Thursday, 4 February 2016

Presence of hockey mom adds heartwarming chapter to Brampton-Toronto hockey rivalry



As the Brampton Thunder hosted the Toronto Furies, the contest featured a pleasant tone of coincidence, enhanced by the loving presence of a devoted hockey mom. The result was one of the most heartwarming, feel-good stories of the 2015-16 women’s hockey season.

Having spent several seasons between the pipes for the Brampton Thunder, Sonja van der Bliek was part of a rare trade, sent to the crosstown Toronto Furies on November 18, 2005 in exchange for a late round 2016 draft pick. With goaltender (and CWHL co-founder) Sami Jo Small on maternity leave, she brings the experience to contribute to the squad’s hopes of qualifying for the postseason.

As a side note, the only other trade to take place in the 2015-16 season also involved goaltenders. The New York Riveters and Connecticut Whale exchanged back up goaltenders as Chelsea Laden joins New York, and Shenae Lundberg occupies a new role as the backup to Whale starter Jaimie Leonoff.


In an early January 2016 match that saw the visiting Furies look to gain their first win of the New Year, it marked an emotional return for van der Bliek as it marked the first time she was facing the Thunder at their home rink. Providing a valiant effort between the pipes, van der Bliek would allow four goals in a hard fought 5-4 final in favor of her former team. Former teammates Fielding Montgomery and Jocelyne Larocque would score.
Of note, she was not the only member of her family present at the contest. During her years with the Thunder, it was not uncommon for her mom to be one of the proud faces in the crowd, showing her support.
Although this latest chapter in the Battle of Toronto saw van der Bliek as a member of the visiting Furies, she could still count on the presence of her mom in the stands. During the second intermission, the special bond that hockey has strengthened between mother and daughter took an exciting new aspect, one that would capture the imaginations of hockey fans.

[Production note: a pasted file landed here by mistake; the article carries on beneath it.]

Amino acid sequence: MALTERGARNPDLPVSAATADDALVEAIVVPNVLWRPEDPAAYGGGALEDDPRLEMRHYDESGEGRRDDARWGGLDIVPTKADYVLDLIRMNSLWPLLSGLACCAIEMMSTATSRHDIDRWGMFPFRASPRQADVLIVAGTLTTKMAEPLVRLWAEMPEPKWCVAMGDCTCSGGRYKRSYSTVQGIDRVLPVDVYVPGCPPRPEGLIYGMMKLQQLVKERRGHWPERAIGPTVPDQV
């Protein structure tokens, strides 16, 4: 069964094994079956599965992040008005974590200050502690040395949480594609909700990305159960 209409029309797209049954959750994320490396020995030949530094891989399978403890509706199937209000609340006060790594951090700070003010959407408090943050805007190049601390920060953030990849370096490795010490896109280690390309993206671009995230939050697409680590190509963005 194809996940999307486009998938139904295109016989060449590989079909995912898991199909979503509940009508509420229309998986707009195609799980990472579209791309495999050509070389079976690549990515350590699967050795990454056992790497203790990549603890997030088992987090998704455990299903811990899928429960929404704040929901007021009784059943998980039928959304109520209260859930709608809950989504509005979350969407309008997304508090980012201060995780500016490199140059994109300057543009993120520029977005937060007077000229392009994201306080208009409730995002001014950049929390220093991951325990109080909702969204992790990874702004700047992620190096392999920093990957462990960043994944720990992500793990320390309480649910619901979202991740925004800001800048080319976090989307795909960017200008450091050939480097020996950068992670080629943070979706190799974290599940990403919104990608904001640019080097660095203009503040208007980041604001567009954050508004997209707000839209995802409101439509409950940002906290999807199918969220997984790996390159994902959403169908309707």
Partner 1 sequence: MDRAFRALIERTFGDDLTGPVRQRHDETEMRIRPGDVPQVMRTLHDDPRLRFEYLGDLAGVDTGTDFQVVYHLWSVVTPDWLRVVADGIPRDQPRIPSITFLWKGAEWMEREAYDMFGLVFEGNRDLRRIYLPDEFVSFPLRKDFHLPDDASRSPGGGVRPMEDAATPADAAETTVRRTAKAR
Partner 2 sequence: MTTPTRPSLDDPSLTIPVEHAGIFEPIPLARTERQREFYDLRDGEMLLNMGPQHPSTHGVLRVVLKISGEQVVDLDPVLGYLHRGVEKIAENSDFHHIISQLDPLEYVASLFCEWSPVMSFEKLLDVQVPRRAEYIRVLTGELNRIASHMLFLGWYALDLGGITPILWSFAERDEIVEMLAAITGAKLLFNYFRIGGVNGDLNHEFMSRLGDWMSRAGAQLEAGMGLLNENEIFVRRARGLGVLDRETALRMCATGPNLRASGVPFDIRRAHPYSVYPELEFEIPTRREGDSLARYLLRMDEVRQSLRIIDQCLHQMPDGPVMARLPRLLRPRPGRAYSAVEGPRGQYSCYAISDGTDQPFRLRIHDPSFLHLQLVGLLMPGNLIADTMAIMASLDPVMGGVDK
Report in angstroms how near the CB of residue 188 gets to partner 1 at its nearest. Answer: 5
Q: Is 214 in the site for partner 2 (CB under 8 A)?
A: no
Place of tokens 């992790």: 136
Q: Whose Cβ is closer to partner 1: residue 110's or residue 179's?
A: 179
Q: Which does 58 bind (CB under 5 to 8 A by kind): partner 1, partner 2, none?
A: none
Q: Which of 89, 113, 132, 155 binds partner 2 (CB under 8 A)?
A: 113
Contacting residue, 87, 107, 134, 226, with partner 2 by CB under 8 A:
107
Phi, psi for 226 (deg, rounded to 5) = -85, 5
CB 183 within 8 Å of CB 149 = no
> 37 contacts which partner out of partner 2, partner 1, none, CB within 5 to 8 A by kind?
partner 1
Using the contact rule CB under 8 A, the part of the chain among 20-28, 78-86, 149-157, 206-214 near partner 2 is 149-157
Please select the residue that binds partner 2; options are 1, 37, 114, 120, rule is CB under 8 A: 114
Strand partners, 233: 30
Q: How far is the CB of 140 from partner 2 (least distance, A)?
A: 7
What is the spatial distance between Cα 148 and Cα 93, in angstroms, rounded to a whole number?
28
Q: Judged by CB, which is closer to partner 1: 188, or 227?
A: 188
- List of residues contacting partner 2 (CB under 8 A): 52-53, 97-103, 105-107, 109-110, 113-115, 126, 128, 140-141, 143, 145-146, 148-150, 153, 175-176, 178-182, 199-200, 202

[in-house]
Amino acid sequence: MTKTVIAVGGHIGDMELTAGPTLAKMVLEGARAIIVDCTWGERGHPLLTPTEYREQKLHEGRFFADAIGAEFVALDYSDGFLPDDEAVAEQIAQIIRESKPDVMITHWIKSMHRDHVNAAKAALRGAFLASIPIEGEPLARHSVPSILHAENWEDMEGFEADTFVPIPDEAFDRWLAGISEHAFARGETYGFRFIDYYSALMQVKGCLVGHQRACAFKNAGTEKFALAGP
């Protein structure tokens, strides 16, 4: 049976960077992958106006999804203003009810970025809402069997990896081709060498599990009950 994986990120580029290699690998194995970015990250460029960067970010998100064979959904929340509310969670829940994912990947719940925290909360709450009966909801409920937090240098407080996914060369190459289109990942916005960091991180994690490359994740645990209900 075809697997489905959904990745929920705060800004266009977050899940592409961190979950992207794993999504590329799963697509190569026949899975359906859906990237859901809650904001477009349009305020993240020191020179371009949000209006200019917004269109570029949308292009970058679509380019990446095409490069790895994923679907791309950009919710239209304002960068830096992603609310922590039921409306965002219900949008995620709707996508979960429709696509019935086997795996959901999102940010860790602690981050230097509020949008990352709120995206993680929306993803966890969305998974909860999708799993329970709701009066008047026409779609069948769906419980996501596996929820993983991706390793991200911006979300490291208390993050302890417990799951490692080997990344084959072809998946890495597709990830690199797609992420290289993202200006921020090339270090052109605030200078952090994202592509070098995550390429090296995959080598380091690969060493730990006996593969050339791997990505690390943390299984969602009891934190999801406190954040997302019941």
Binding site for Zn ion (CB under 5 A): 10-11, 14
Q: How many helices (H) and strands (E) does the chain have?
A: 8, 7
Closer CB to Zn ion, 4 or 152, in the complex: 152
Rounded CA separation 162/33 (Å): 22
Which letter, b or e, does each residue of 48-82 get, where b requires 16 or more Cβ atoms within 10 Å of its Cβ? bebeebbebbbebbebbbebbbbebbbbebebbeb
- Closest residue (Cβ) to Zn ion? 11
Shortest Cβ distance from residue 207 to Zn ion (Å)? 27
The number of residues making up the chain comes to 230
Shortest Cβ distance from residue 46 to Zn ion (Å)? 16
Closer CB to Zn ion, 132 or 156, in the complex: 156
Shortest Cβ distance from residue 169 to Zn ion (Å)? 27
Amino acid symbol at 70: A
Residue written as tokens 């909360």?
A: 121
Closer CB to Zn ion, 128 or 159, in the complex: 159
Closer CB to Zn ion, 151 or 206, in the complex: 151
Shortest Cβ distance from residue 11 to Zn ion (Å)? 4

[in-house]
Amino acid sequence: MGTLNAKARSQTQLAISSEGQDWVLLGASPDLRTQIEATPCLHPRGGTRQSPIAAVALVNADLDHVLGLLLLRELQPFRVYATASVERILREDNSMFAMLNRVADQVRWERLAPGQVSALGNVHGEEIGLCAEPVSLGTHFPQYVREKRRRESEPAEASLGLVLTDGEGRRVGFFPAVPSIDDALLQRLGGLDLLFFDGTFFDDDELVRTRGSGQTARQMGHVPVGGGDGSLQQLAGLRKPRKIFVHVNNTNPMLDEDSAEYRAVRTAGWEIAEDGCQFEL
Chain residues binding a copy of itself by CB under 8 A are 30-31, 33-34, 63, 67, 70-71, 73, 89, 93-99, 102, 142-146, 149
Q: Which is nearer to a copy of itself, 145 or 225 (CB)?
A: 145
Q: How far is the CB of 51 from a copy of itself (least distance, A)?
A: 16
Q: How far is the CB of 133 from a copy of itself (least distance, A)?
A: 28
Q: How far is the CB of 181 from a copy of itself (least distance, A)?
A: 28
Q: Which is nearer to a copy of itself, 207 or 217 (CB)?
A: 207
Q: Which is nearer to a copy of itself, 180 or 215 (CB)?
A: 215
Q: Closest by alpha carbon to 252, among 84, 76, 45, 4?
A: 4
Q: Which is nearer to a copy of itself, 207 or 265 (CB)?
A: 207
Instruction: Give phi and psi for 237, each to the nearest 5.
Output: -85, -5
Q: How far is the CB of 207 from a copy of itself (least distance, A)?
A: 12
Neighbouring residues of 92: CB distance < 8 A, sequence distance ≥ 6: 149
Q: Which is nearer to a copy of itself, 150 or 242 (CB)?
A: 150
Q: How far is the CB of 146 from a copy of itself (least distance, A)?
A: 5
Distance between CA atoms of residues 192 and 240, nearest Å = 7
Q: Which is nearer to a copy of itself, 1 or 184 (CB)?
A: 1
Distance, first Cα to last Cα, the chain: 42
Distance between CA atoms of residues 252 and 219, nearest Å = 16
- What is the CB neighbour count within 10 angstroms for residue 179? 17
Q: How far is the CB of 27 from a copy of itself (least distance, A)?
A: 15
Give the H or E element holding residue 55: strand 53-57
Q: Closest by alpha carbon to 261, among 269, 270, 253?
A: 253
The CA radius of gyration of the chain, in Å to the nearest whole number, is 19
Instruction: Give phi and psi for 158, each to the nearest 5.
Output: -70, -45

Participating in the Chuck-a-Puck contest, quickly becoming a staple at many levels of hockey, where fans purchase a puck for fundraising purposes, it was van der Bliek’s mom that would emerge victorious. As the premise of the contest involves fans throwing pucks onto the ice, with the one whose puck lands closest to the face-off circle at centre ice, a prize is allocated for their effort.
The prize was a bright red colored Thunder game-worn jersey from last season, signed by van der Bliek. Taking into account that her mom had the winning toss, it could not have been more serendipitous.
While the Thunder have changed their uniforms this season, adopting a sharp black and white motif akin to the Los Angeles Kings, the red jersey that was prevalent when van der Bliek stood between the pipes represented a rebuilding era. Having undergone several uniform changes over the seasons, adopting the red color for their jerseys, with the name “Brampton” in white font (in a rainbow formation) across the front, it symbolized a colorful coincidence for van der Bliek.
Considering that van der Bliek played her NCAA hockey at Rensselaer Polytechnic Institute in New York State, where she broke 14 school records and earned a spot on the 2009 ECAC Championship All-Tournament Team, their jerseys were also a bright red. During her time with the Thunder, van der Bliek also donned the helmet from her sparkling RPI career. It was a pleasant and innocent imagery, rekindling happy glories from her NCAA career.
Sharing goaltending duties in Brampton with the likes of Erica Howe and Liz Knox, van der Bliek’s presence was characterized by a time of optimism, in which the love of the game was complemented by a group of dedicated young women working tirelessly to restore the franchise to glory. With the promise of winning days on the horizon, those formative years in Brampton were enriched for van der Bliek by the proud presence of family. For her mom, the signed jersey is more than a signed souvenir. Brining the Brampton experience full circle, it is a proud symbol that commemorates an encouraging era.


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